“It still pains. I’m still feeling it anytime I think about it,” the Ghanaian defender John Paintsil said a decade after the infamous night.
A year later, Suárez, who played for the English team Liverpool FC, was suspended for eight games for racially abusing the Manchester United defender Patrice Evra, who is Black: During a heated exchange on the field, Suárez called Evra “negro,” in Spanish. This year, Ghana and Uruguay were drawn into the same round; they’ll play each other on December 2. Luis Suárez is the star of the Uruguayan team.
I was a high-school English teacher in Prince George’s County, Maryland, and soccer no longer dominated my life. I played on a Saturday co-ed team full of other 20-somethings in which the visit to the bar after the game was at least as important as the match itself.
Watching games in sports bars was becoming a central part of my soccer life. No longer was I fixated on my own performance on the field; instead, the joy of the game was about being part of a room full of friends and strangers losing ourselves in moments of collective euphoria.
Many of my friends were teachers and had the summer off, allowing us to gather at a local pub to watch the midday World Cup games, held in Brazil that year. Soccer had become more popular in the United States over the preceding decade, and although the U.S. team hadn’t yet been able to replicate the success of their 2002 quarterfinal run, there was hope that this year would be different.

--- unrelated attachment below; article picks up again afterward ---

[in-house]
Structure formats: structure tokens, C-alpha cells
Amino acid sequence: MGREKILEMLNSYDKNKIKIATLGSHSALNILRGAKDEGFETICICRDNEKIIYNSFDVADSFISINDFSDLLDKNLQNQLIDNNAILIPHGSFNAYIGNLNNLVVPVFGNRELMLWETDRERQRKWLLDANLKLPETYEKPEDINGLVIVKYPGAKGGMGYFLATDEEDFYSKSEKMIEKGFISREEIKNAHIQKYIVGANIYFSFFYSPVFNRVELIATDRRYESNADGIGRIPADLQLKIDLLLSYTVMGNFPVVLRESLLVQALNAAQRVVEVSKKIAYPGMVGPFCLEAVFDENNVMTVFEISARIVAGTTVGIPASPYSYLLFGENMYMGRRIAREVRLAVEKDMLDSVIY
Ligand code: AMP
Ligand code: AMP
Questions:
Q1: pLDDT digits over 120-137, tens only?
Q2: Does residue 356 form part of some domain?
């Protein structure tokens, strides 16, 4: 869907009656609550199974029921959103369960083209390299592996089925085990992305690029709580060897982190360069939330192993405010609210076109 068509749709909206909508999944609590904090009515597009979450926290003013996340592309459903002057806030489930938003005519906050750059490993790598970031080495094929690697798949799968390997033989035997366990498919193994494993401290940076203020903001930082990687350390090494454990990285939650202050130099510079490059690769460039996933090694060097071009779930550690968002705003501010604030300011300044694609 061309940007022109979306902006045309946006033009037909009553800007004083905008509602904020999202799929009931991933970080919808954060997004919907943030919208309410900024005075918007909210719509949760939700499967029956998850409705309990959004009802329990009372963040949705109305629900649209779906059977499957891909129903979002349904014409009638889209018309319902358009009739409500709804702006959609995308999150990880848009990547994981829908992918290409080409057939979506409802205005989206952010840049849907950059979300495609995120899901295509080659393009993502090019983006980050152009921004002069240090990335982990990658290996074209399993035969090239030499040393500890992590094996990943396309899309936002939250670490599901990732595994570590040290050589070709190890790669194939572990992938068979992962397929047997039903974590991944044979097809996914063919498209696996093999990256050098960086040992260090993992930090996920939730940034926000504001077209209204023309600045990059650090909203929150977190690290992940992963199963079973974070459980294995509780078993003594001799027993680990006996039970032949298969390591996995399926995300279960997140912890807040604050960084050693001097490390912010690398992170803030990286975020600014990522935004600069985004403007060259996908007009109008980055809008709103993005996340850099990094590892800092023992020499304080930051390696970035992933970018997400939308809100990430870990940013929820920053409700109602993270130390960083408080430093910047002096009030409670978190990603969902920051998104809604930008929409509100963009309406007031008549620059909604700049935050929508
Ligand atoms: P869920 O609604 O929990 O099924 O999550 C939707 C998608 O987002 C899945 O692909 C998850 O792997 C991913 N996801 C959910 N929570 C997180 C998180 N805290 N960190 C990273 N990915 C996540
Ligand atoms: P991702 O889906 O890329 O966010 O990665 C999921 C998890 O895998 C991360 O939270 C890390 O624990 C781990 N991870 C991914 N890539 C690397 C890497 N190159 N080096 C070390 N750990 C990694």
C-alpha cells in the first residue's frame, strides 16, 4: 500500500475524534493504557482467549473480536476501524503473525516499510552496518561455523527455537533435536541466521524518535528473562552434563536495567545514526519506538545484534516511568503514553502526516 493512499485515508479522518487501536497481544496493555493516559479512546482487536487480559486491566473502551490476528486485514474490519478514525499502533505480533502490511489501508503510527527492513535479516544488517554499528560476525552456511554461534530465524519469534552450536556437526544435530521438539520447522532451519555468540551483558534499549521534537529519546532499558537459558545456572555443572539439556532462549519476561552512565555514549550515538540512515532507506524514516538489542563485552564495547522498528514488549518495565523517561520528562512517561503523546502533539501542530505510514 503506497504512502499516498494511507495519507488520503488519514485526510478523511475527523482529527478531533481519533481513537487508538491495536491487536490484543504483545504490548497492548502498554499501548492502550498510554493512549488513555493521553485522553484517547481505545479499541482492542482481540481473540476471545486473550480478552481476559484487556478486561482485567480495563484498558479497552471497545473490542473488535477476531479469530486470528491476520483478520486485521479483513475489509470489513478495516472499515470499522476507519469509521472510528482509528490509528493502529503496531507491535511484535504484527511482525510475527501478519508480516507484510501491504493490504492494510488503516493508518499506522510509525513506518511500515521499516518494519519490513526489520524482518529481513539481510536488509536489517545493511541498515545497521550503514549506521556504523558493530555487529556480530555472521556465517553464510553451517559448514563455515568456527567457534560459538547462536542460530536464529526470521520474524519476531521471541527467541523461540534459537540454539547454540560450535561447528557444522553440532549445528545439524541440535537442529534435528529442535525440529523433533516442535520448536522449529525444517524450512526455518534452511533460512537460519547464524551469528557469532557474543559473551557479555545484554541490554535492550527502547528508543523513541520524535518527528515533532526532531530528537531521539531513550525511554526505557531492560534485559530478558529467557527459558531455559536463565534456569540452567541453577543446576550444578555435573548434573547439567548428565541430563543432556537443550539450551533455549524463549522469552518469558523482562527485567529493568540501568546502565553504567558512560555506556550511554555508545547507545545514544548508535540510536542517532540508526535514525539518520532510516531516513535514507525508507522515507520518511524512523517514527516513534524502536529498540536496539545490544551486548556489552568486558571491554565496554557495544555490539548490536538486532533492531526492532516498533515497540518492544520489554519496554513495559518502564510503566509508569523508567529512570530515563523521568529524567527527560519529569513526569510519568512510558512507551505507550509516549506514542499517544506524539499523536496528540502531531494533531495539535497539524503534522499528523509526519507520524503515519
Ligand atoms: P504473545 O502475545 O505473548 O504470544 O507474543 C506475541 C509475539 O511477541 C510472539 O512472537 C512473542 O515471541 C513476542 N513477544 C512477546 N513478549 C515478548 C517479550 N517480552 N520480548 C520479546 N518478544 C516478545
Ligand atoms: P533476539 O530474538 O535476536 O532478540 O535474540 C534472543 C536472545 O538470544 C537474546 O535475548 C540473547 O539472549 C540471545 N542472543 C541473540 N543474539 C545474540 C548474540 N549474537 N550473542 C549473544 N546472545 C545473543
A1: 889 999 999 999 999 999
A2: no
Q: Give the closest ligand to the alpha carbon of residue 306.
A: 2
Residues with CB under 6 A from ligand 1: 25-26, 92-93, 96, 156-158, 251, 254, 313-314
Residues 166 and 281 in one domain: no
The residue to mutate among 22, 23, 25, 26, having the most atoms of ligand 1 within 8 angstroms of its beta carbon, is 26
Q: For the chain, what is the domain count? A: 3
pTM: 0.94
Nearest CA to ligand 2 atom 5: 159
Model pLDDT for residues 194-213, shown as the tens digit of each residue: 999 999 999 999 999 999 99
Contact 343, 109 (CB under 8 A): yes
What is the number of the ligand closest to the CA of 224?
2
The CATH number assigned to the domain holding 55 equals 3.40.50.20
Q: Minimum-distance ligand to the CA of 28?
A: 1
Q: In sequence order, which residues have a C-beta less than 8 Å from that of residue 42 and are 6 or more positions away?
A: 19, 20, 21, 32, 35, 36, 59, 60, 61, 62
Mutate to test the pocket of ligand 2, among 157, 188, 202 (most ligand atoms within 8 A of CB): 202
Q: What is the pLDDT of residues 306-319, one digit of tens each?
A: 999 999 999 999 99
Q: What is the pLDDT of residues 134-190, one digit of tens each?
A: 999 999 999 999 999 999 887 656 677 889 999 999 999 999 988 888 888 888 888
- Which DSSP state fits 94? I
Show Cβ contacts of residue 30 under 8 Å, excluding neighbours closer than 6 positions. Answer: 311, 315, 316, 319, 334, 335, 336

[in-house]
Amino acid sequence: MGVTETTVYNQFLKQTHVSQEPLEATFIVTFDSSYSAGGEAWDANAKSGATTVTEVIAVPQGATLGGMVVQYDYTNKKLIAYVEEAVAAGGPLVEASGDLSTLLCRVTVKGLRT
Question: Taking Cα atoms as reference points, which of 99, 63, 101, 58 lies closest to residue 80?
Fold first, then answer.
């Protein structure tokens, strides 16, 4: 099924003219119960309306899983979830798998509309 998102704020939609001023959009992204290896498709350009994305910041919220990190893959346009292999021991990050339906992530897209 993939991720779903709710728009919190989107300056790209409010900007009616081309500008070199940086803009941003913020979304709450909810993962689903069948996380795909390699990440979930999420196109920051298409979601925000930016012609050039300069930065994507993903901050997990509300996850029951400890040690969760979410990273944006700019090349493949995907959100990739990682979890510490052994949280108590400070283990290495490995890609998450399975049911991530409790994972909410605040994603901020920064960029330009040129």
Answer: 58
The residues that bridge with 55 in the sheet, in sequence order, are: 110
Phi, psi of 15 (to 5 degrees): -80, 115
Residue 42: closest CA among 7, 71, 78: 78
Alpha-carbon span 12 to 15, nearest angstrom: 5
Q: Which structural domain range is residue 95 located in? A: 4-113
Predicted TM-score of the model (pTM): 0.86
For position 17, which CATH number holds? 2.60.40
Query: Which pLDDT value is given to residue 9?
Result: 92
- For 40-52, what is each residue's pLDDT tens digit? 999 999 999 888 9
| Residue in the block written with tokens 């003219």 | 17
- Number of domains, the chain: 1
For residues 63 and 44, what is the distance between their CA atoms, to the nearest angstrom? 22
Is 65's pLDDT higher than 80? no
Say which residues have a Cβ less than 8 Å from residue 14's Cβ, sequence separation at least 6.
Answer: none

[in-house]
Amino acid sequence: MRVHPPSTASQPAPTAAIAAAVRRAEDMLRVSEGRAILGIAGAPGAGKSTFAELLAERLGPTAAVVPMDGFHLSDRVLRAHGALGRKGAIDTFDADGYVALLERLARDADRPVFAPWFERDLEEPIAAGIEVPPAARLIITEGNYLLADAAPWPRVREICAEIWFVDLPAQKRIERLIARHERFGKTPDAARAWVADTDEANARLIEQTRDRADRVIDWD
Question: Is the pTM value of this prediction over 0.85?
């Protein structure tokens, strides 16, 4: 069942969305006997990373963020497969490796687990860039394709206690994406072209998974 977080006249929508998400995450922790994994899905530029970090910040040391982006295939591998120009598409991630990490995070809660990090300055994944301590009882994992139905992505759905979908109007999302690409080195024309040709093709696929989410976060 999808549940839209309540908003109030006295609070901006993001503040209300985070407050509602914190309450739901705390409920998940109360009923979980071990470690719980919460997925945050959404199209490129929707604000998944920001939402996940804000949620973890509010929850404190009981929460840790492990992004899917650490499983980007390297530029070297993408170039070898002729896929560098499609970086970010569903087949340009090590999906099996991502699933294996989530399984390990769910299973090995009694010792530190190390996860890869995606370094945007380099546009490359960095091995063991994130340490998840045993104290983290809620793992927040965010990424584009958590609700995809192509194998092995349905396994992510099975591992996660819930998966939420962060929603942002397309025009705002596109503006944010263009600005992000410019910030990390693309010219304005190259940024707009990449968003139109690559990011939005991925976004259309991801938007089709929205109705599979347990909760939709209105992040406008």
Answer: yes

On the days when the U.S. played, bars were packed. The Americans defeated Ghana, tied Portugal, and lost to Germany. It was enough to make it to the next round. Then the United States faced Belgium, one of the best teams in the world. I watched the game that Tuesday afternoon at a bar crowded with American soccer fans. The space was all red-white-and-blue jerseys and smelled of French fries and IPAs.
Given our country’s history, I’ve sometimes felt uncomfortable publicly and unabashedly cheering for an American sports team—a slight tinge of discomfort prevented me from going all in. Readers can disagree with this quandary, but for me it was a real one, reflecting something that many people who come from communities with complicated, and often violent, relationships to American history experience. But watching this World Cup, I felt some of that wariness fade away. I sang, and danced, and chanted with people whose backgrounds represented the plurality and the possibility of this country. Cheering for the United States felt more like cheering for what this country was aspiring to be, rather than just what it was.
In the match, Belgium pummeled the Americans with shot after shot. But the American goalkeeper Tim Howard put on a performance for the ages, making 16 saves during the game—the most ever recorded at a World Cup. After the game, one fan edited the Wikipedia entry for Secretary of Defense so it bore Howard’s name.